Michele Minehart

words & yoga

Category: give thanks (page 1 of 2)

Thankful for Enough

This time of year we usually sit down to a table abundantly filled with all the trimmings and gorge, a way of celebrating the many things for which we are thankful. So not to be too materialistic, “family and friends” usually tops the list of our thankful list, followed by the many things we have that keep us safe and warm and protected. Good stuff – nothing wrong with that.

This November, after having spent nearly an entire year with my view flipped upside down by Brene Brown exposing me to the way we live in a culture dominated by theoretical scarcity, it changes Thanksgiving. Scarcity tells us that we have what others do not, so we ought to be thankful. That line of reasoning ignites a fear in us that, perhaps, the tables could be turned. We could be the ones living without these things. So we should be thankful for what we have.

That’s not gratitude. That’s fear.

“Show an appreciation or risk loosing it.” That’s the dominant mindset of our typical American Thanksgiving. (And, oh, how often have I used that mentality in dealing with my children?! I hate when my writing means I have to start living my values.)

We sit at our tables on Thanksgiving day, often holding with tight fists the things we love most, declaring our thanks to them and holding them up for display. We have this. And we may not have that, but we do have this. And this.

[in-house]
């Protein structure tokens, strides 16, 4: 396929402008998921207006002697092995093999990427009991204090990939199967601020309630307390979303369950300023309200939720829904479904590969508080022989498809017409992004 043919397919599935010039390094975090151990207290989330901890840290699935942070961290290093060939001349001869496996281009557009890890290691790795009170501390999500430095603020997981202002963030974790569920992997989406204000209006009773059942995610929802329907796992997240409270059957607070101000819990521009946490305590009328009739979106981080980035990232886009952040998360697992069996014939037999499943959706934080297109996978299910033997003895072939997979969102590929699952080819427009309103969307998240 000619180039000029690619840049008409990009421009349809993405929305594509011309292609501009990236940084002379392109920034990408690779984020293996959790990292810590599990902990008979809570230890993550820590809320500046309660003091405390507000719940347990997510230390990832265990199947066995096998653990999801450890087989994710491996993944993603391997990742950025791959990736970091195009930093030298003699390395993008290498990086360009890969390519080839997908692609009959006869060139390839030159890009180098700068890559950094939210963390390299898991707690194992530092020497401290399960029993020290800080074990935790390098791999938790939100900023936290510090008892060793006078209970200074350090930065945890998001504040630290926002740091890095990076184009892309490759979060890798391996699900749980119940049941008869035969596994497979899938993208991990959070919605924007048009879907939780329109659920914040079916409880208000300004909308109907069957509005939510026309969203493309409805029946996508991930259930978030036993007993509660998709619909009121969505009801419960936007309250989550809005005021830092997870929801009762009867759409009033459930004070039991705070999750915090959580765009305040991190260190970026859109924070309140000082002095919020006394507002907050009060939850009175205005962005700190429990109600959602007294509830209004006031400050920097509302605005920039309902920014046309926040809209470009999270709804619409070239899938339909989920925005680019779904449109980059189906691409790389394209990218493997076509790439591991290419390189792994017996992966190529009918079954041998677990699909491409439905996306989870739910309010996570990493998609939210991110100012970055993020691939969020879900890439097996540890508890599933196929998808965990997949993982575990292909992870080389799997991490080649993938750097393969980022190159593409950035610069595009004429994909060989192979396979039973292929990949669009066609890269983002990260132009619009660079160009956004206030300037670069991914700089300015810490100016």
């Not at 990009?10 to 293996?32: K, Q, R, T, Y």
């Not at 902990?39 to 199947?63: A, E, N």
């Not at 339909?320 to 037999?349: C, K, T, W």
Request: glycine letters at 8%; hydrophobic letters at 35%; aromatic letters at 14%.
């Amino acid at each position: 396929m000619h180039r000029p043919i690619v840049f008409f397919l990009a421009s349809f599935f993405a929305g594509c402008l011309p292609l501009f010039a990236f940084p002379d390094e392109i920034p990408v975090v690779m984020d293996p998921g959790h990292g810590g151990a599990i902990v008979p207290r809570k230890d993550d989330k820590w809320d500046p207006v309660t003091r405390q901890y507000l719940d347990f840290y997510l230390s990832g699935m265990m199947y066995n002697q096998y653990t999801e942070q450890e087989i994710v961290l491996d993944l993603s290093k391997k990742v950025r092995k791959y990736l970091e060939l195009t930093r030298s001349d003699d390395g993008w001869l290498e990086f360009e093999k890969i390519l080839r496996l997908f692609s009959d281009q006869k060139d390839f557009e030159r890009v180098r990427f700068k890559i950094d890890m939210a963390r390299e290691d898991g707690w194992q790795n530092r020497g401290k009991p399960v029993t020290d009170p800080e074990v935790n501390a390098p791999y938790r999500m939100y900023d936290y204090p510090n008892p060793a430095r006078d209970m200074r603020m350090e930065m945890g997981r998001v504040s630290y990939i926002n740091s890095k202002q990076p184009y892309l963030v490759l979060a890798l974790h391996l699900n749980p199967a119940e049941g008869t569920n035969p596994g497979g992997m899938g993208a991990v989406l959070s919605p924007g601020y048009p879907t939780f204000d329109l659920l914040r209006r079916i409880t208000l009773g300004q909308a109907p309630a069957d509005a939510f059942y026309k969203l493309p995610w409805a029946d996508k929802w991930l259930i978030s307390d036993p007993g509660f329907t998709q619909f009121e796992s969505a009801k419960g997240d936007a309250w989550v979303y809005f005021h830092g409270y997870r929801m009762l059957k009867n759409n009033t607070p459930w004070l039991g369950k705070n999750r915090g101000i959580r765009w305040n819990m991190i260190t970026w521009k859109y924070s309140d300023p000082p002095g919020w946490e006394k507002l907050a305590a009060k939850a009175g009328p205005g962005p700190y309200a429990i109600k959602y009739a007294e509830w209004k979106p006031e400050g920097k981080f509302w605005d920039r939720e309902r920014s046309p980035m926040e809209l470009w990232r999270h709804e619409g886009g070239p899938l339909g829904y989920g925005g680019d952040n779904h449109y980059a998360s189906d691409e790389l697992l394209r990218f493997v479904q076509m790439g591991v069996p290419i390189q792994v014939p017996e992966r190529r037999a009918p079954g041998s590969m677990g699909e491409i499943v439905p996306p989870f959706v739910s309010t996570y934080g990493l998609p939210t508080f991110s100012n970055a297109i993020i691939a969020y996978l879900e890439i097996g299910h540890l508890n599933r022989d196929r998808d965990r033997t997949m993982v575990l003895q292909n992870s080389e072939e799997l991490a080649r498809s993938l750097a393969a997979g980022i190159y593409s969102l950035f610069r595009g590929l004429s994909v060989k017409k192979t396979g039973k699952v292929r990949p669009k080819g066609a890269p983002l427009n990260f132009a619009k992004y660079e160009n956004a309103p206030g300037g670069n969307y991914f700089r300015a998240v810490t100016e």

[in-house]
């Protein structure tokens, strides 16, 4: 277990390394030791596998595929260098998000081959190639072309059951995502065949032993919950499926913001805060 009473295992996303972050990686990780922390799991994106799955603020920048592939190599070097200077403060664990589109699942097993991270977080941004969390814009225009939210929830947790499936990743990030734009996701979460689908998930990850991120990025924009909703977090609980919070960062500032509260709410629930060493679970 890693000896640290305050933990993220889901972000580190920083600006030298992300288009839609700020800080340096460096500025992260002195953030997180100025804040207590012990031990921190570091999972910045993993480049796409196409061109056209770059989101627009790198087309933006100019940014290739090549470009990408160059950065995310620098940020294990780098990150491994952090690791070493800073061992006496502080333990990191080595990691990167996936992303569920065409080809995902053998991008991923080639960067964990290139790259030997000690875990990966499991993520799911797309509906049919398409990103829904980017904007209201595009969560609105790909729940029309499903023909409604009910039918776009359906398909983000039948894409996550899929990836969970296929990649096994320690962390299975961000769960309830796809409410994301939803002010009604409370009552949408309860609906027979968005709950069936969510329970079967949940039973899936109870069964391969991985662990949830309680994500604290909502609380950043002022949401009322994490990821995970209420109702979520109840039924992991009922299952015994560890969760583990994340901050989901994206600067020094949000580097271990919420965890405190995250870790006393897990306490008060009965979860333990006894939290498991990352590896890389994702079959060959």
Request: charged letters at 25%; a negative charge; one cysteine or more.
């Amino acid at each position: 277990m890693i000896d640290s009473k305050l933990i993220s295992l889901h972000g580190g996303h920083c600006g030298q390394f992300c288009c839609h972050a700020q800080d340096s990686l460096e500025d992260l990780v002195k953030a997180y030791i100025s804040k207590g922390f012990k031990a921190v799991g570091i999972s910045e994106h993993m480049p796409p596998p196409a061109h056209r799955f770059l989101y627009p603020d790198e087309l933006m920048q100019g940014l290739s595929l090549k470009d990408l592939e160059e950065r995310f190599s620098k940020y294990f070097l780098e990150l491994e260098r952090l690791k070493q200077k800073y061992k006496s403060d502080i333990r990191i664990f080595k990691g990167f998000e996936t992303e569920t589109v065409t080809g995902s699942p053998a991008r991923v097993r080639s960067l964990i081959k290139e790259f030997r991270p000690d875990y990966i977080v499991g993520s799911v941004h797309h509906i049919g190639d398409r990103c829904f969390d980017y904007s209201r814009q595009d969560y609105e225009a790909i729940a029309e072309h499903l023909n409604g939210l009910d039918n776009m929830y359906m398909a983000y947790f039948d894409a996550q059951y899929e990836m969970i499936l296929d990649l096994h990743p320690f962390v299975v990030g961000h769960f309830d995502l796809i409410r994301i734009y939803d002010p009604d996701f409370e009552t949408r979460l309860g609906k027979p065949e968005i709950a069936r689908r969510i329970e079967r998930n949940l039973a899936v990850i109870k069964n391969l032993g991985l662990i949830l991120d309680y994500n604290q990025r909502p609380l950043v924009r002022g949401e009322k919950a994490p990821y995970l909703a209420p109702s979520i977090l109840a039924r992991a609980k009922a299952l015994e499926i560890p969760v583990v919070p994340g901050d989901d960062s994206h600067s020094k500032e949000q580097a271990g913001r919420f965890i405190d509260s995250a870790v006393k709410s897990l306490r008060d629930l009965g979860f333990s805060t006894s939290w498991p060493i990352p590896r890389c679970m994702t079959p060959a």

Take out scarcity, and what do we have? If we believed in the concept of Enough – that the world is big enough to hold us all, that God and the universe can supply all our needs, that life is not a Zero Sum game – how would our posture change?

I think we would begin to realize we don’t have a corner of the market and we don’t have to mark of our territory. We don’t even have to fear loosing our blessings, that if we’re not thankful enough God will pry them from our fingers and hand them off to the next guy.

I think we would share more. I think we would open our tables and our hearts. I think we would live with a sense of humility, that what we have isn’t always a direct result from our hard work. I think we would celebrate a shared victory and even root on those around us – perhaps even those different from us.

Isn’t that what the Pilgrims and the Indians thing is all about? Two groups of people who lived as if the land could support both of them? These folks decided, instead of killing off another group to have what they have, to believe there was enough for everyone at the table. The original Thanksgiving was a day when Scarcity Theory didn’t win. They sat down to their turkey and stuffing (not completely true) and saw they had enough. They didn’t have to fight. They could choose harmony over hatred, and collaboration over competition.

Perhaps this Thanksgiving we can approach the table with open hands. Not with eyes on what others do or don’t have, but with what lies in front of us. This year I’m thankful for enough. There hasn’t been a day this year that we have run out of what we needed. Money in the checkbook, energy at the end of the day, love in our hearts, even health in our bodies (said the same time that pneumonia is ravaging one of us in this house). We still have enough.

We don’t have it all. But we don’t need it all. We only need enough.

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Take a breath